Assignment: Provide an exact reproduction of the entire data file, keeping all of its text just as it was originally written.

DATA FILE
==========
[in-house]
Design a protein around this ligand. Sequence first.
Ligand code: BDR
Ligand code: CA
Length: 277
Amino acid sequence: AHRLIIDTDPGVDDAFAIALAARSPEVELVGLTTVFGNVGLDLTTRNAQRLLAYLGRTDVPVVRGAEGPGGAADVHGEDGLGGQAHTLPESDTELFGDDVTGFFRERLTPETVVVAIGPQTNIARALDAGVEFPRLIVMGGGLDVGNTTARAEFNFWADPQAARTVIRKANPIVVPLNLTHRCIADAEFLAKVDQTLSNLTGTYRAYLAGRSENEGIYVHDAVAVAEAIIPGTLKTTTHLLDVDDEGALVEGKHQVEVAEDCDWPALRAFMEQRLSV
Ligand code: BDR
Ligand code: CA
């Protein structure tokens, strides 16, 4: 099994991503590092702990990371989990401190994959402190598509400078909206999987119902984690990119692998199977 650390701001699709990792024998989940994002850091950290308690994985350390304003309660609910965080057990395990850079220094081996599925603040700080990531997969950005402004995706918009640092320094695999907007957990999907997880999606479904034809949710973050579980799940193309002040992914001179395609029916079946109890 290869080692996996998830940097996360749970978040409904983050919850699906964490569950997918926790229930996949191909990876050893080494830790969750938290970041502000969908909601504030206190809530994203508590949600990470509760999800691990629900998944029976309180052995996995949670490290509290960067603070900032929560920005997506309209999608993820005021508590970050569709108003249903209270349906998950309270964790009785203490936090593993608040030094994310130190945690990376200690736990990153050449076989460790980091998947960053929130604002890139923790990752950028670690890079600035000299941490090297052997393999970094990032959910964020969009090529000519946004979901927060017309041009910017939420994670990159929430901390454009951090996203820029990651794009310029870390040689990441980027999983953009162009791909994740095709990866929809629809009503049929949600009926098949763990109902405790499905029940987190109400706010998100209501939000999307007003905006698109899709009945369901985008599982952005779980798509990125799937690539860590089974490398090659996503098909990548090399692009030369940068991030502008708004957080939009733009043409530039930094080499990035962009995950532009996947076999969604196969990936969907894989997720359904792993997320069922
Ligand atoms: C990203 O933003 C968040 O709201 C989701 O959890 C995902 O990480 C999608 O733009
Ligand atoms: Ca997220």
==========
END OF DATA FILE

[in-house]
Design a protein around this ligand. Sequence first.
Ligand code: BDR
Ligand code: CA
Length: 277
Amino acid sequence: AHRLIIDTDPGVDDAFAIALAARSPEVELVGLTTVFGNVGLDLTTRNAQRLLAYLGRTDVPVVRGAEGPGGAADVHGEDGLGGQAHTLPESDTELFGDDVTGFFRERLTPETVVVAIGPQTNIARALDAGVEFPRLIVMGGGLDVGNTTARAEFNFWADPQAARTVIRKANPIVVPLNLTHRCIADAEFLAKVDQTLSNLTGTYRAYLAGRSENEGIYVHDAVAVAEAIIPGTLKTTTHLLDVDDEGALVEGKHQVEVAEDCDWPALRAFMEQRLSV
Ligand code: BDR
Ligand code: CA
């Protein structure tokens, strides 16, 4: 099994991503590092702990990371989990401190994959402190598509400078909206999987119902984690990119692998199977 650390701001699709990792024998989940994002850091950290308690994985350390304003309660609910965080057990395990850079220094081996599925603040700080990531997969950005402004995706918009640092320094695999907007957990999907997880999606479904034809949710973050579980799940193309002040992914001179395609029916079946109890 290869080692996996998830940097996360749970978040409904983050919850699906964490569950997918926790229930996949191909990876050893080494830790969750938290970041502000969908909601504030206190809530994203508590949600990470509760999800691990629900998944029976309180052995996995949670490290509290960067603070900032929560920005997506309209999608993820005021508590970050569709108003249903209270349906998950309270964790009785203490936090593993608040030094994310130190945690990376200690736990990153050449076989460790980091998947960053929130604002890139923790990752950028670690890079600035000299941490090297052997393999970094990032959910964020969009090529000519946004979901927060017309041009910017939420994670990159929430901390454009951090996203820029990651794009310029870390040689990441980027999983953009162009791909994740095709990866929809629809009503049929949600009926098949763990109902405790499905029940987190109400706010998100209501939000999307007003905006698109899709009945369901985008599982952005779980798509990125799937690539860590089974490398090659996503098909990548090399692009030369940068991030502008708004957080939009733009043409530039930094080499990035962009995950532009996947076999969604196969990936969907894989997720359904792993997320069922
Ligand atoms: C990203 O933003 C968040 O709201 C989701 O959890 C995902 O990480 C999608 O733009
Ligand atoms: Ca997220």